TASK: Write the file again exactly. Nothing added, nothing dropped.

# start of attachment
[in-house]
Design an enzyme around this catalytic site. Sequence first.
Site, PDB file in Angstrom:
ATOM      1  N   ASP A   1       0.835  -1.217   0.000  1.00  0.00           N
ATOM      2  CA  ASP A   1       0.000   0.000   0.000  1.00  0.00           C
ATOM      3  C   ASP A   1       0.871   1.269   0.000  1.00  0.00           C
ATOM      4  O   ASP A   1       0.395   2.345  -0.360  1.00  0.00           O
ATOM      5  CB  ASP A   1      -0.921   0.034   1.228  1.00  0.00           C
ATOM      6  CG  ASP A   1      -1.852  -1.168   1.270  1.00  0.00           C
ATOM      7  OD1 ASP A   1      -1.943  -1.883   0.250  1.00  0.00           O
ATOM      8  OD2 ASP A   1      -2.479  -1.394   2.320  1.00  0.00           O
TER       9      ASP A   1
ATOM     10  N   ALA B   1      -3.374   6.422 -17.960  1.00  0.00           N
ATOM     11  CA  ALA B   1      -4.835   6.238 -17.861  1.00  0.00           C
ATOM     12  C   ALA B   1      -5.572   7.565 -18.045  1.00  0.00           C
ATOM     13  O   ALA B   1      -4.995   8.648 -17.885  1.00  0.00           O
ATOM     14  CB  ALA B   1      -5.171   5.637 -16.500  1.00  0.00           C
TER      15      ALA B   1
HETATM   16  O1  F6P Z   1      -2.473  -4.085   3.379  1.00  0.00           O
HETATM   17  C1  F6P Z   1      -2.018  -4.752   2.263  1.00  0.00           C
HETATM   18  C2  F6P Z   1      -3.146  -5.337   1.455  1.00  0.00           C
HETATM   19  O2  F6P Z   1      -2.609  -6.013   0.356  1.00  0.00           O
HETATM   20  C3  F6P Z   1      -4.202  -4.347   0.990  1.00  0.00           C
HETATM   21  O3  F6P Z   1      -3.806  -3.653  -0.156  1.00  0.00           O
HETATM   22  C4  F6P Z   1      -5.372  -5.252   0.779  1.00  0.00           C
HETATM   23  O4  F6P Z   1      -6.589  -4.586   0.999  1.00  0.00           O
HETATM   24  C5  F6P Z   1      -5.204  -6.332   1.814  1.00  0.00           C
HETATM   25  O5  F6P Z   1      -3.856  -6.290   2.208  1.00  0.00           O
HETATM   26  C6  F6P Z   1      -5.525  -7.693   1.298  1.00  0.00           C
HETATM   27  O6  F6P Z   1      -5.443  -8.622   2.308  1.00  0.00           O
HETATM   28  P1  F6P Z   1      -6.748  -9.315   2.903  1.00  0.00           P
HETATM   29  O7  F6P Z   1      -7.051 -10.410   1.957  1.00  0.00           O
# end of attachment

[in-house]
Design an enzyme around this catalytic site. Sequence first.
Site, PDB file in Angstrom:
ATOM      1  N   ASP A   1       0.835  -1.217   0.000  1.00  0.00           N
ATOM      2  CA  ASP A   1       0.000   0.000   0.000  1.00  0.00           C
ATOM      3  C   ASP A   1       0.871   1.269   0.000  1.00  0.00           C
ATOM      4  O   ASP A   1       0.395   2.345  -0.360  1.00  0.00           O
ATOM      5  CB  ASP A   1      -0.921   0.034   1.228  1.00  0.00           C
ATOM      6  CG  ASP A   1      -1.852  -1.168   1.270  1.00  0.00           C
ATOM      7  OD1 ASP A   1      -1.943  -1.883   0.250  1.00  0.00           O
ATOM      8  OD2 ASP A   1      -2.479  -1.394   2.320  1.00  0.00           O
TER       9      ASP A   1
ATOM     10  N   ALA B   1      -3.374   6.422 -17.960  1.00  0.00           N
ATOM     11  CA  ALA B   1      -4.835   6.238 -17.861  1.00  0.00           C
ATOM     12  C   ALA B   1      -5.572   7.565 -18.045  1.00  0.00           C
ATOM     13  O   ALA B   1      -4.995   8.648 -17.885  1.00  0.00           O
ATOM     14  CB  ALA B   1      -5.171   5.637 -16.500  1.00  0.00           C
TER      15      ALA B   1
HETATM   16  O1  F6P Z   1      -2.473  -4.085   3.379  1.00  0.00           O
HETATM   17  C1  F6P Z   1      -2.018  -4.752   2.263  1.00  0.00           C
HETATM   18  C2  F6P Z   1      -3.146  -5.337   1.455  1.00  0.00           C
HETATM   19  O2  F6P Z   1      -2.609  -6.013   0.356  1.00  0.00           O
HETATM   20  C3  F6P Z   1      -4.202  -4.347   0.990  1.00  0.00           C
HETATM   21  O3  F6P Z   1      -3.806  -3.653  -0.156  1.00  0.00           O
HETATM   22  C4  F6P Z   1      -5.372  -5.252   0.779  1.00  0.00           C
HETATM   23  O4  F6P Z   1      -6.589  -4.586   0.999  1.00  0.00           O
HETATM   24  C5  F6P Z   1      -5.204  -6.332   1.814  1.00  0.00           C
HETATM   25  O5  F6P Z   1      -3.856  -6.290   2.208  1.00  0.00           O
HETATM   26  C6  F6P Z   1      -5.525  -7.693   1.298  1.00  0.00           C
HETATM   27  O6  F6P Z   1      -5.443  -8.622   2.308  1.00  0.00           O
HETATM   28  P1  F6P Z   1      -6.748  -9.315   2.903  1.00  0.00           P
HETATM   29  O7  F6P Z   1      -7.051 -10.410   1.957  1.00  0.00           O